29. 1. READING: Engaging with Complex Texts to Build Knowledge • Requires ELs to read and comprehend literature and informational texts of increasing complexity • Challenges ELs to process “intricate, complicated, and, often, obscure linguistic and cultural features accurately while trying to comprehend content and while remaining distant from it in order to assess the content’s value and accuracy”(Bernhardt, 2011) • How opportunities for language/literacy development can be realized: • Leverage background knowledge, build strategic competence, and provide supports to allow access to texts rather than simplifying or “pre-empting” the text

  30. 2. WRITING: Using Evidence to Inform, Argue, and Analyze • Requires ELs to write different text types for varied audiences/purposes and present knowledge gained through research • Challenges ELs to use language skillfully to employ and evaluate evidence when writing arguments and informational reports • How opportunities for language/literacy development can be realized: • Draw upon background strengths to develop content for writing and scaffold writing itself • Provide ELs with meaningful engagement with mentor texts, including opportunities to focus on language and text structure • Ensure that writing is meaningful communication

  31. 3. SPEAKING & LISTENING: Working Collaboratively, Understanding Multiple Perspectives, and Presenting Ideas • Requires ELs to articulate their own & build upon other’s ideas, demonstrate understanding in informal interactions and formal presentations • Challenges ELs to employ a range of listening comprehension and speech production strategies in the context of multiple and complex speech events • How opportunities for language/literacy development can be realized: • Provide opportunities for extended discourse & engagement with academic registers • Develop meaningful collaborative tasks that allow students to use their full linguistic/cultural resources • Teach ELs strategies to engage in varied communicative modes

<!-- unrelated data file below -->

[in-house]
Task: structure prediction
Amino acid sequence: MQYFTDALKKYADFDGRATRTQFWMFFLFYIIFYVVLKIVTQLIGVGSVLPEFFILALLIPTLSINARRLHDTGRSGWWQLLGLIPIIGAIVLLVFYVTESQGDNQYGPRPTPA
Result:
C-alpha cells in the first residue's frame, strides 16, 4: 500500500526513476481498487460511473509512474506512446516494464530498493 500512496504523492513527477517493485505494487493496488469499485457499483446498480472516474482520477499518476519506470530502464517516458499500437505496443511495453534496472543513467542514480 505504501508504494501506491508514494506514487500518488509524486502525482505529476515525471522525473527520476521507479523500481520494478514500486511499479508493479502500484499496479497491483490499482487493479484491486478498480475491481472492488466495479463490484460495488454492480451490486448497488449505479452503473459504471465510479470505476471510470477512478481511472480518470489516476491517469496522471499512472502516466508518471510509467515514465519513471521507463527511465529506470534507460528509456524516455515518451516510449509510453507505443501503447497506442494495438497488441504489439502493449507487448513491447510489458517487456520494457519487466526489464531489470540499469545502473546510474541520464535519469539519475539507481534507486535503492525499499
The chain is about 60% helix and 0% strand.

32. 4. LANGUAGE: Using and Developing Linguistic Resources • Requires students to choose language and conventions to achieve particular functions & rhetorical effects • Challenges students to develop and use grammatical structures, vocabulary, and written/oral conventions as meaning-making resources • How opportunities for language/literacy development can be realized: • Recognize limitations of teaching discrete language features in isolation • Recognize that functions and rhetorical effects can be achieved with “imperfect,” non-native developing language

  33. Mathematics:Common Core Emphases(Moschkovich) 1. Balance conceptual understanding & procedural fluency Balance student activities addressing conceptual understanding and procedural fluency, connect two types of knowledge 2. Maintain high cognitive demand Use and maintain high cognitive demand of math tasks in lessons and units 3. Develop beliefs Support students in developing beliefs that math is sensible, worthwhile, and doable 4. Engage students in mathematical practices 2

  34. MATHEMATICAL DISCOURSE PRACTICES Make sense of problems and persevere in solving them Reason abstractly and quantitatively Construct viable arguments and critique the reasoning of others Model with mathematics Use appropriate tools strategically Attend to precision Look for and make use of structure Look for and express regularity in repeated reasoning